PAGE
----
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Incorporating Satisfaction into Customer Value Analysis: Optimal Investment in Lifetime Value


  • Teck-Hua Ho

    () (Haas School of Business, University of California, Berkeley, California 94720-1900)

  • Young-Hoon Park

    () (Johnson Graduate School of Management, Cornell University, Ithaca, New York 14853-6201)

  • Yong-Pin Zhou

    () (Business School, University of Washington, Seattle, Washington 98195-3200)


We extend the Schmittlein et al. model (1987) of customer lifetime value to include satisfaction. Customer purchases are modeled as Poisson events, and their rates of occurrence depend on the satisfaction of the most recent purchase encounter. Customers purchase at a higher rate when they are satisfied than when they are dissatisfied. A closed-form formula is derived for predicting total expected dollar spending from a customer base over a time period (0, ]. This formula reveals that approximating the mixture arrival processes by a single aggregate Poisson process can systematically underestimate the total number of purchases and revenue. Interestingly, the total revenue is increasing and convex in satisfaction. If the cost is sufficiently convex, our model reveals that the aggregate model leads to an overinvestment in customer satisfaction. The model is further extended to include three other benefits of customer satisfaction: (1) satisfied customers are likely to spend more per trip on average than dissatisfied customers, (2) satisfied customers are less likely to leave the customer base than dissatisfied customers, and (3) previously satisfied customers can be more (or less) likely to be satisfied in the current visit than previously dissatisfied customers. We show that all the main results carry through to these general settings.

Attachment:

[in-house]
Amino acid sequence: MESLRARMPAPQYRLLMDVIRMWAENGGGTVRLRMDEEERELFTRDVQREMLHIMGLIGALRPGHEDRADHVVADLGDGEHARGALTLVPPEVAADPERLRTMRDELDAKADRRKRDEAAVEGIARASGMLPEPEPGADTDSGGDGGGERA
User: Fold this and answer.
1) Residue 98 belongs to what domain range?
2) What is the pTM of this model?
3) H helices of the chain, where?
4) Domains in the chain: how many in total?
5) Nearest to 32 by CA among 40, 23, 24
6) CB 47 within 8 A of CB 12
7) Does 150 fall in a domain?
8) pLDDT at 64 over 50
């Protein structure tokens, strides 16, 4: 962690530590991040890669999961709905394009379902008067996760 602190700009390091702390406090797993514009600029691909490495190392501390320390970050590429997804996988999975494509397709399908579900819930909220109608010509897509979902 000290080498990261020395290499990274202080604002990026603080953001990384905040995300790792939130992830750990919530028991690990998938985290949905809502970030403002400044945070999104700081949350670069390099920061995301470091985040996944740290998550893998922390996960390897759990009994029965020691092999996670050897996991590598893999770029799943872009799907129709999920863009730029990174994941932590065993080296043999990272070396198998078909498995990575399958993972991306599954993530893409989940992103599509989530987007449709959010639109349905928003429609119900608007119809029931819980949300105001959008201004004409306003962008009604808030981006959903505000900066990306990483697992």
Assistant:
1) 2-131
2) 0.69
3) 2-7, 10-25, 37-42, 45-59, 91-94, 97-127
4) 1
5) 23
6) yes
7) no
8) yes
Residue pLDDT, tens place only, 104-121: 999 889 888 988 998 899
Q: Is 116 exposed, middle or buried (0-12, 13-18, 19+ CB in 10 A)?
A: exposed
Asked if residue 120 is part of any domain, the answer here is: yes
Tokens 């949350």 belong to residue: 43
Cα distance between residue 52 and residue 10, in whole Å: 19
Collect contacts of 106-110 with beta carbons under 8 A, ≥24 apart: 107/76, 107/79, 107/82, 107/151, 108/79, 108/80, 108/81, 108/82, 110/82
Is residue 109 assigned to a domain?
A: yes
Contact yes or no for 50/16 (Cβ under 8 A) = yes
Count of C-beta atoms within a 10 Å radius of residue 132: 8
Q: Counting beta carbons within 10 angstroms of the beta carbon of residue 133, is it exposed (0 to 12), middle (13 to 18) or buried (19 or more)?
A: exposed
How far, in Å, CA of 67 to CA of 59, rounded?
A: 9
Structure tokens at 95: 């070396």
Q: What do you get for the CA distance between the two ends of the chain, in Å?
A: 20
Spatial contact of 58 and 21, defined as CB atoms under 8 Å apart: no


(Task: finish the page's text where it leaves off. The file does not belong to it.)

Suggested Citation

  • Teck-Hua Ho & Young-Hoon Park & Yong-Pin Zhou, 2006. "Incorporating Satisfaction into Customer Value Analysis: Optimal Investment in Lifetime Value," Marketing Science, INFORMS, vol. 25(3), pages 260-277, 05-06.
  • Handle: RePEc:inm:ormksc:v:25:y:2006:i:3:p:260-277

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    1. repec:eee:joinma:v:27:y:2013:i:3:p:185-208 is not listed on IDEAS
    2. Steven M. Shugan, 2007. "—It's the Findings, Stupid, Not the Assumptions," Marketing Science, INFORMS, vol. 26(4), pages 449-459, 07-08.
    3. Eric T. Anderson & Gavan J. Fitzsimons & Duncan Simester, 2006. "Measuring and Mitigating the Costs of Stockouts," Management Science, INFORMS, vol. 52(11), pages 1751-1763, November.
    4. Ekinci, Yeliz & Ülengin, Füsun & Uray, Nimet & Ülengin, Burç, 2014. "Analysis of customer lifetime value and marketing expenditure decisions through a Markovian-based model," European Journal of Operational Research, Elsevier, vol. 237(1), pages 278-288.
    5. Shaohui Ma & Joachim Büschken, 2011. "Counting your customers from an “always a share” perspective," Marketing Letters, Springer, vol. 22(3), pages 243-257, September.
    6. Andrés Musalem & Yogesh V. Joshi, 2009. "—How Much Should You Invest in Each Customer Relationship? A Competitive Strategic Approach," Marketing Science, INFORMS, vol. 28(3), pages 555-565, 05-06.
    7. James G. Maxham, III & Richard G. Netemeyer & Donald R. Lichtenstein, 2008. "The Retail Value Chain: Linking Employee Perceptions to Employee Performance, Customer Evaluations, and Store Performance," Marketing Science, INFORMS, vol. 27(2), pages 147-167, 03-04.
    8. Albert C. Bemmaor & Nicolas Glady, 2012. "Modeling Purchasing Behavior with Sudden "Death": A Flexible Customer Lifetime Model," Management Science, INFORMS, vol. 58(5), pages 1012-1021, May.


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